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Editorial

Animal cruelty: Attacking the messenger

In a Humane Society video, a slaughter plant worker is shown ramming a “downed” cow with forklift blades.

Associated Press

In a Humane Society video, a slaughter plant worker is shown ramming a “downed” cow with forklift blades.

In recent years, undercover activists, many from the Humane Society, have taped the beating, kicking, and burning of cows, horses, pigs, chickens, and other farm animals. In 2008, a video taken in a California slaughterhouse led to the shutdown of the second-largest provider of meat to the national school lunch program. In 2009, a whistle-blowing video led to the closure of Vermont’s largest processor of male veal calves.

Rather than vow to enforce humane standards of treatment, lobbyists for America’s factory farms have instead introduced legislation in states across the country, including California and Vermont, to essentially punish whistle-blowers. Some states, such as Iowa and Missouri, have passed these so-called “Ag-Gag” laws that would either make it a crime to tape animal cruelty or force photographers to turn over their images to law enforcement within 48 hours. In many cases, the legislation is being pushed by the American Legislative Exchange Council, the same Koch brothers-funded group that promoted the infamous “stand your ground” law involved in the Florida killing of Trayvon Martin.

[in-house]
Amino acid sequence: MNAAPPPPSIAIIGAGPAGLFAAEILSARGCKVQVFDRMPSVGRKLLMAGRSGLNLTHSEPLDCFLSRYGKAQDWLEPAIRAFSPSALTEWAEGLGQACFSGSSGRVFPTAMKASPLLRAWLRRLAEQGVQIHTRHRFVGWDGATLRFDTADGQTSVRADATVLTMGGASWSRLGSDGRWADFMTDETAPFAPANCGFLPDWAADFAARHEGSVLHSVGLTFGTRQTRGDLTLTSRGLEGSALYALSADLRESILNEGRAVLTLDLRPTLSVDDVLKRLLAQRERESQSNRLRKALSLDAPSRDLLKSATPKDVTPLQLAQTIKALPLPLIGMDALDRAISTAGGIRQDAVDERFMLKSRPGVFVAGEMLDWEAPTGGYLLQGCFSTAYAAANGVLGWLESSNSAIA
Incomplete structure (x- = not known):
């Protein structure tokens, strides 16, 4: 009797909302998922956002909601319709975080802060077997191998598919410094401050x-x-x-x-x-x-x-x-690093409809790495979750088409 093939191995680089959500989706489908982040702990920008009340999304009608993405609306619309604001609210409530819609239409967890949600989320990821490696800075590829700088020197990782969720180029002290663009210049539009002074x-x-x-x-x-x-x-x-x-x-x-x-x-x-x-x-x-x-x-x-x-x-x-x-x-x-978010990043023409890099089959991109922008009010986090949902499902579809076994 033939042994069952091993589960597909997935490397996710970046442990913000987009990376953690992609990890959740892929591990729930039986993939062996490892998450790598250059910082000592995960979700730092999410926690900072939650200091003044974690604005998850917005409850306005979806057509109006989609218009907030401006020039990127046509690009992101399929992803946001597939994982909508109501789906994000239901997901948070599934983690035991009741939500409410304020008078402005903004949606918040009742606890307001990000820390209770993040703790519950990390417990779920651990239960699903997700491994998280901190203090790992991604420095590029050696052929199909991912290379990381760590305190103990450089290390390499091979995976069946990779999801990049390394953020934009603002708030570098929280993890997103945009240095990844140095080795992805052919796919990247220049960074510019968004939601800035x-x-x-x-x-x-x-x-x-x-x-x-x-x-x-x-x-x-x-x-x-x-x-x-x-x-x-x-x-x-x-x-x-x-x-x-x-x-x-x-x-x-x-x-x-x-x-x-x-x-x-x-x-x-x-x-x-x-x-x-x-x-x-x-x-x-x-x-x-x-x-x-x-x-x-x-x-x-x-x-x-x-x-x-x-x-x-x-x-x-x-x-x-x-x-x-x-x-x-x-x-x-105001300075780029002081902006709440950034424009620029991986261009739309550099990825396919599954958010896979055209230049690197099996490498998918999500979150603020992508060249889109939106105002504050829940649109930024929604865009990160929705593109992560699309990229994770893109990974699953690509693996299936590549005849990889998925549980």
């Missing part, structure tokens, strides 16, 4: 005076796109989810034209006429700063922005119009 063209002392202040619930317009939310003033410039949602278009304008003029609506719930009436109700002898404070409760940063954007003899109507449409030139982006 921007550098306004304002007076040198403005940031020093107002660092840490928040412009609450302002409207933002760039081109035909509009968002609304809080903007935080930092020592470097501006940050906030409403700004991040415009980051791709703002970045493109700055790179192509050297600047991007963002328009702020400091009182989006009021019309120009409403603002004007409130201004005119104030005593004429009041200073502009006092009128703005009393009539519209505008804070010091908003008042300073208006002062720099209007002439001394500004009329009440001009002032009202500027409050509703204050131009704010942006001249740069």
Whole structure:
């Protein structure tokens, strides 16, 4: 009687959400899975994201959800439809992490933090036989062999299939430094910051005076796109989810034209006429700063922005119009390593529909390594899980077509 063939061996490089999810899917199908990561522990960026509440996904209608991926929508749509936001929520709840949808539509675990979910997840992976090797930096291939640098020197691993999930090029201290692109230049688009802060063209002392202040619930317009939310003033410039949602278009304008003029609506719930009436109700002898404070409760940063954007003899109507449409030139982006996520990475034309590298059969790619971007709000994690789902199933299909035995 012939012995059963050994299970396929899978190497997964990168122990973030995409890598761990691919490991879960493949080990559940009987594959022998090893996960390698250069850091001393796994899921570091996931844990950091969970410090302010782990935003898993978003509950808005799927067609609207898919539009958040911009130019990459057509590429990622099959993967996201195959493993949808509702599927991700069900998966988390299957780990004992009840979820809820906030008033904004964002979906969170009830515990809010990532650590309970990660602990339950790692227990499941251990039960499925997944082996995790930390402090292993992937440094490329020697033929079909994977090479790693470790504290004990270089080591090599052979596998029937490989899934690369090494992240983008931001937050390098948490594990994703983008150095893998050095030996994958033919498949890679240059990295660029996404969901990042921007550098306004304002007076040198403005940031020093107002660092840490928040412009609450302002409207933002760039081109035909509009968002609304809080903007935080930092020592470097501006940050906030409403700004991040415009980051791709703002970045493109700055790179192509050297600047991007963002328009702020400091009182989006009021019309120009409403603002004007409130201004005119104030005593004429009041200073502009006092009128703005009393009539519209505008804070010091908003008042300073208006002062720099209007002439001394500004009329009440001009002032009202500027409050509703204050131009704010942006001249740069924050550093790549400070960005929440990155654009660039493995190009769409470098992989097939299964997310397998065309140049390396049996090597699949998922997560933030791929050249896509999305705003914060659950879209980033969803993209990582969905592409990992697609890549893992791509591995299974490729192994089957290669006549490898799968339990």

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Food is among the most basic of necessities, and the Centers for Disease Control and Prevention estimates that 48 million people become ill and 3,000 die each year in the United States from food-borne illnesses. Ohio State University researchers last year found that health care costs from food illnesses amounted to $78 billion a year.

Periodic violations of either environmental or agricultural rules by major food companies — as evidenced by last week’s $4 million settlement by the federal government with Tyson Foods over ammonia releases — makes it all the more critical that meat and egg processors are transparent in their procedures. Some states, including New Hampshire, understand this and have rejected or tabled ALEC-inspired bills. So should California, Vermont, and any other state considering Ag-Gag legislation. Many industries ban unapproved taping of plants and labs to protect patents. But when it comes to the food that goes directly into our bodies, companies are much better off making sure there is no cause for outrage in their operations, rather than feigning outrage at the people who expose them.

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